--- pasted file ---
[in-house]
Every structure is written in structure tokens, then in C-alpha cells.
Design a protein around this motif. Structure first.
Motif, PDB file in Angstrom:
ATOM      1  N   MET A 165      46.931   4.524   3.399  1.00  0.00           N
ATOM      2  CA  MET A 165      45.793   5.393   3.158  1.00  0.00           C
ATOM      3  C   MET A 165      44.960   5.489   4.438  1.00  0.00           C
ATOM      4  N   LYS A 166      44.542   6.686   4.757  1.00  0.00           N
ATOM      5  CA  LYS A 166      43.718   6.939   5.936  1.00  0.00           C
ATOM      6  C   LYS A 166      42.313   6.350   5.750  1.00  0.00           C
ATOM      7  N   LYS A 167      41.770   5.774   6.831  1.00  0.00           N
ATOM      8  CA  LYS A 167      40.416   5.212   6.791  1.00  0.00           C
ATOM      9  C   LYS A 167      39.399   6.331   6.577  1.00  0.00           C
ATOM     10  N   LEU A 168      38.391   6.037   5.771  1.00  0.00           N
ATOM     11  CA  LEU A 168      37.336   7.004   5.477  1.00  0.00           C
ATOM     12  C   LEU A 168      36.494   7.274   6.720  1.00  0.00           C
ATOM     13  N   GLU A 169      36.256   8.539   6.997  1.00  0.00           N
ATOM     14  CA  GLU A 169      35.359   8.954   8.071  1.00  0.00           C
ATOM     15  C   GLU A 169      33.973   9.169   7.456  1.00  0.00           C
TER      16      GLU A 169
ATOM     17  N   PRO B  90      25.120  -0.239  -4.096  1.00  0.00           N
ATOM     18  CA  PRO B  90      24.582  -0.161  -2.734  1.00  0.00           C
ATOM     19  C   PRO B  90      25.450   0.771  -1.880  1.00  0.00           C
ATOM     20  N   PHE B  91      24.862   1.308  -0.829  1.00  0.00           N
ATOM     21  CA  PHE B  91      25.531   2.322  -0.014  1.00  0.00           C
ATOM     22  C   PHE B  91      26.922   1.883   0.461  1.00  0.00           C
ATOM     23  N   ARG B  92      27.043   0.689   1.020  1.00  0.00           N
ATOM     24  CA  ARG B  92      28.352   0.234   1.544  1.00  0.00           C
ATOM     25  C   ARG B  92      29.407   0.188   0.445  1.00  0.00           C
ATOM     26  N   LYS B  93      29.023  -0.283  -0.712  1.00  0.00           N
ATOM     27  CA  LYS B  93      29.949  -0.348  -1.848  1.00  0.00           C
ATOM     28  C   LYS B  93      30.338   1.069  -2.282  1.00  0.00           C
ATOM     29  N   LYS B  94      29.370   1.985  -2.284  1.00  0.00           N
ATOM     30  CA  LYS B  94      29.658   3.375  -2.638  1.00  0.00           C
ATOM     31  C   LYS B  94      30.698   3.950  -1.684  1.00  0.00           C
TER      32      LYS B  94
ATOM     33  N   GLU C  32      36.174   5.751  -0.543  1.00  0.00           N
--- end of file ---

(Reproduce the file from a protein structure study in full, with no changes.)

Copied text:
[in-house]
Every structure is written in structure tokens, then in C-alpha cells.
Design a protein around this motif. Structure first.
Motif, PDB file in Angstrom:
ATOM      1  N   MET A 165      46.931   4.524   3.399  1.00  0.00           N
ATOM      2  CA  MET A 165      45.793   5.393   3.158  1.00  0.00           C
ATOM      3  C   MET A 165      44.960   5.489   4.438  1.00  0.00           C
ATOM      4  N   LYS A 166      44.542   6.686   4.757  1.00  0.00           N
ATOM      5  CA  LYS A 166      43.718   6.939   5.936  1.00  0.00           C
ATOM      6  C   LYS A 166      42.313   6.350   5.750  1.00  0.00           C
ATOM      7  N   LYS A 167      41.770   5.774   6.831  1.00  0.00           N
ATOM      8  CA  LYS A 167      40.416   5.212   6.791  1.00  0.00           C
ATOM      9  C   LYS A 167      39.399   6.331   6.577  1.00  0.00           C
ATOM     10  N   LEU A 168      38.391   6.037   5.771  1.00  0.00           N
ATOM     11  CA  LEU A 168      37.336   7.004   5.477  1.00  0.00           C
ATOM     12  C   LEU A 168      36.494   7.274   6.720  1.00  0.00           C
ATOM     13  N   GLU A 169      36.256   8.539   6.997  1.00  0.00           N
ATOM     14  CA  GLU A 169      35.359   8.954   8.071  1.00  0.00           C
ATOM     15  C   GLU A 169      33.973   9.169   7.456  1.00  0.00           C
TER      16      GLU A 169
ATOM     17  N   PRO B  90      25.120  -0.239  -4.096  1.00  0.00           N
ATOM     18  CA  PRO B  90      24.582  -0.161  -2.734  1.00  0.00           C
ATOM     19  C   PRO B  90      25.450   0.771  -1.880  1.00  0.00           C
ATOM     20  N   PHE B  91      24.862   1.308  -0.829  1.00  0.00           N
ATOM     21  CA  PHE B  91      25.531   2.322  -0.014  1.00  0.00           C
ATOM     22  C   PHE B  91      26.922   1.883   0.461  1.00  0.00           C
ATOM     23  N   ARG B  92      27.043   0.689   1.020  1.00  0.00           N
ATOM     24  CA  ARG B  92      28.352   0.234   1.544  1.00  0.00           C
ATOM     25  C   ARG B  92      29.407   0.188   0.445  1.00  0.00           C
ATOM     26  N   LYS B  93      29.023  -0.283  -0.712  1.00  0.00           N
ATOM     27  CA  LYS B  93      29.949  -0.348  -1.848  1.00  0.00           C
ATOM     28  C   LYS B  93      30.338   1.069  -2.282  1.00  0.00           C
ATOM     29  N   LYS B  94      29.370   1.985  -2.284  1.00  0.00           N
ATOM     30  CA  LYS B  94      29.658   3.375  -2.638  1.00  0.00           C
ATOM     31  C   LYS B  94      30.698   3.950  -1.684  1.00  0.00           C
TER      32      LYS B  94
ATOM     33  N   GLU C  32      36.174   5.751  -0.543  1.00  0.00           N